Oct. 26, 2012 — Just this month, Walmart heiress Alice Walton and other out-of-state interests dumped more than $1.1 million into the campaign to allow more state-chartered public schools in Georgia, new campaign finance filings show. Atlanta’s Bernie Marcus also showed his support with a quarter-million-dollar contribution.
Georgia’s Code of Ethics does not apply to members of local school boards, the Supreme Court of Georgia said today in a unanimous decision. The high court ruled that former Gov. Sonny Perdue had no authority in August 2010 to remove three members of the Warren County Board of Education for alleged misconduct.
Two Fulton County employees who lost their jobs are not whistleblowers, attorneys for the county say, but even if they were, they can’t sue the county. The workers say they were caught up in a backlash against a politically sensitive probe of the misuse of county funds. Now the county contends it is immune from claims under Georgia’s whistleblower law — an argument that could undermine such suits across the state.
Just as the National Lampoon twisted arms in 1973, state lawmakers are asking voters Tuesday to amend the state Constitution to bring jobs to Georgia. When they ask that way, who could say no? Evidently, lawmakers fretted that Georgians could. The legislative history shows they tweaked and prodded the ballot question for Amendment 1 until limitations on competition, which are generally barred by the Georgia Constitution, now appear to make the state more competitive.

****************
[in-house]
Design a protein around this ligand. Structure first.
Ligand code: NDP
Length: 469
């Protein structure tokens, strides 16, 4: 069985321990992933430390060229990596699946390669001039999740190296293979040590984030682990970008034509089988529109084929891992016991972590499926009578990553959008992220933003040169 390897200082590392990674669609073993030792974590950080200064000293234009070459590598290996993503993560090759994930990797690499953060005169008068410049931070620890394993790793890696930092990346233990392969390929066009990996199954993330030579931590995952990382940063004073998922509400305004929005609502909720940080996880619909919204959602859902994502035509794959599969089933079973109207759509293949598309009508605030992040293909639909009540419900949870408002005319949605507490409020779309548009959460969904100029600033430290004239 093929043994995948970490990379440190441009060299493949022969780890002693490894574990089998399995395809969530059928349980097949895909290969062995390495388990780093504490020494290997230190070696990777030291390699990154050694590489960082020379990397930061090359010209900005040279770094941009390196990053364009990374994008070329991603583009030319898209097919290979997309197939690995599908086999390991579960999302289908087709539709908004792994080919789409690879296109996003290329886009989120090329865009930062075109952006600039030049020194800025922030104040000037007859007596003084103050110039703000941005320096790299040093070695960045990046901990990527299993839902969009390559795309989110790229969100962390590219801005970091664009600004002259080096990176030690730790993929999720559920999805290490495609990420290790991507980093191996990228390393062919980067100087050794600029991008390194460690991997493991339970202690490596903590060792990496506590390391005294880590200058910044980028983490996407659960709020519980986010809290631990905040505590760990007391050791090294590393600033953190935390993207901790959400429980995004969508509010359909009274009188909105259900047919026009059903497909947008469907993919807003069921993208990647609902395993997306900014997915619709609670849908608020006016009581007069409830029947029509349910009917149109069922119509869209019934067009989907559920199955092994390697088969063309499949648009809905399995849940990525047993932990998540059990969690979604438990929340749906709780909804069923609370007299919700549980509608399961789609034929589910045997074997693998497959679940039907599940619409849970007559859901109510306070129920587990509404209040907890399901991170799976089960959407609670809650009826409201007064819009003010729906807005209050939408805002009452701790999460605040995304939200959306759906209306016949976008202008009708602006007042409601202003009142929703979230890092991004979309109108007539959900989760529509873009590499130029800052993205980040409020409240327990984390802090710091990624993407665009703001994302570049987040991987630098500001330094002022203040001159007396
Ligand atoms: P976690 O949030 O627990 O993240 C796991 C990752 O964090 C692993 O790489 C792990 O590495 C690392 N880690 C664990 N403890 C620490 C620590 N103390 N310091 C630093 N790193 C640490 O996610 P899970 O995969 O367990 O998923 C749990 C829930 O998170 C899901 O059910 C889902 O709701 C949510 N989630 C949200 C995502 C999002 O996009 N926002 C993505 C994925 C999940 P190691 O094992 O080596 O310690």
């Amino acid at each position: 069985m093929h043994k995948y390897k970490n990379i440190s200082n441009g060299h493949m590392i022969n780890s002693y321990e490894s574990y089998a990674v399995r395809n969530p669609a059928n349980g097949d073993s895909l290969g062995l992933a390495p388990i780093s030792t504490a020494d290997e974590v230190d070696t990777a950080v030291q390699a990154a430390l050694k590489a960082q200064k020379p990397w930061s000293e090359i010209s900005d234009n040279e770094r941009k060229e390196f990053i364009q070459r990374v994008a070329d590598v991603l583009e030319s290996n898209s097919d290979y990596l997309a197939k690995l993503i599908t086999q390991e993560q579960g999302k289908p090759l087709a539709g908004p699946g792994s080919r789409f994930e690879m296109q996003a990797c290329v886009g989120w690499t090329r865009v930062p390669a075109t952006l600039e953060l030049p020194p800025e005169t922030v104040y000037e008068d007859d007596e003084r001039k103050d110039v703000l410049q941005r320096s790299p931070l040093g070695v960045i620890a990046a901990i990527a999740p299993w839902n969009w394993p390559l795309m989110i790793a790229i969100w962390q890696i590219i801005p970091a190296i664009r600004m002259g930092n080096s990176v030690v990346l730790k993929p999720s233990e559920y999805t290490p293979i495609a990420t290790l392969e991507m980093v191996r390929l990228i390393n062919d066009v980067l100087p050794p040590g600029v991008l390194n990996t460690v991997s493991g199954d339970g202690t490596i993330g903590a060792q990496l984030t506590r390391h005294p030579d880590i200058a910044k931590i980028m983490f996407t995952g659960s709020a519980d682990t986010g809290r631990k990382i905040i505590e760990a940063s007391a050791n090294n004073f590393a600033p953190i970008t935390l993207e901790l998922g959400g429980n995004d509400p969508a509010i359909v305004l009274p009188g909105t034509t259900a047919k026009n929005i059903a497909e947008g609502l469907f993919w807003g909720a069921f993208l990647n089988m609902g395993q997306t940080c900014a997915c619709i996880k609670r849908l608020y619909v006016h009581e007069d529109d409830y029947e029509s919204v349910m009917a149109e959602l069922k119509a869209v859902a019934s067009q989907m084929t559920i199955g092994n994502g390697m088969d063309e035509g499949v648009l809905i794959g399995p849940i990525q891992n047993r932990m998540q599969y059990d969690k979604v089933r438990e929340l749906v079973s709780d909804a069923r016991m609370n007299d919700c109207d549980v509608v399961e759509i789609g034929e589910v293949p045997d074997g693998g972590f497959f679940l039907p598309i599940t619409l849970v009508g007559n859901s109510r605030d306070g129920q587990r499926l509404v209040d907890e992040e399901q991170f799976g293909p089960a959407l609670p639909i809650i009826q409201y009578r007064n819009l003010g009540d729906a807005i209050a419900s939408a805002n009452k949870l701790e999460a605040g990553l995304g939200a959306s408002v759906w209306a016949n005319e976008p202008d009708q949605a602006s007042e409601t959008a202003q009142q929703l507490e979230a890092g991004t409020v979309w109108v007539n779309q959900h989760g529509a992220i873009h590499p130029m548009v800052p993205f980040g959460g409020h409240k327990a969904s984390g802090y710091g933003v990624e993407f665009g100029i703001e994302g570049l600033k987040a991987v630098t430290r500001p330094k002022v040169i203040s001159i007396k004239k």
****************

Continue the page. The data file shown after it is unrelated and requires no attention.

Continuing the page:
A judge Tuesday gave Gov. Sonny Perdue 30 days to hire attorneys for convicted felons who have gone as long as three years without them. The state is constitutionally required to provide the lawyers even if the responsible agency, the Georgia Public Defender Standards Council, doesn’t have the cash to do so, Fulton County Superior Court Judge Jerry W. Baxter ruled.
Atlanta voters can choose between two big-name tax delinquents this fall among a large field of candidates hoping to replace longtime City Council member James Maddox. Property records are littered with dozens of liens, cancellations and transfers of debt to private collection services naming former Fulton County Commissioner A. Reginald Eaves and former City Councilman Morris Finley. Many of the debts remain unpaid. Each has accumulated liens totaling more than $20,000 since 2004.
Three highway contractors reaped the proceeds as the Georgia Department of Transportation ran up billions of dollars in unconstitutional deficits, state auditors say. Between them, the three companies since 2002 made nearly $2.4 billion off state DOT contracts.
Attorney General Thurbert Baker ruled today that Georgia’s utility-regulating agency acted illegally last month when it chose a new chairman. Baker ruled that state law establishing the process for choosing a chairman is constitutional and the commission did not have the authority to rule otherwise. The PSC now must decide whether to abide by the […]
The Georgia Public Service Commission, which could not get legislative approval this year for a new method of selecting its chairman, may try to do it another way today. Doug Everett, who took over Jan. 1 as chairman of the utility-regulating agency, sent this note out Monday: I plan to resign my Chairmanship effective July […]
The Georgia Public Service Commission chose Stan Wise as its new chairman for a two-year term Tuesday, but one member wants a second opinion. State law specifies that the PSC chairman serves a one-year term, using a rotation system based on seniority. But the commission voted 3-2 Tuesday to name Wise as chairman for the […]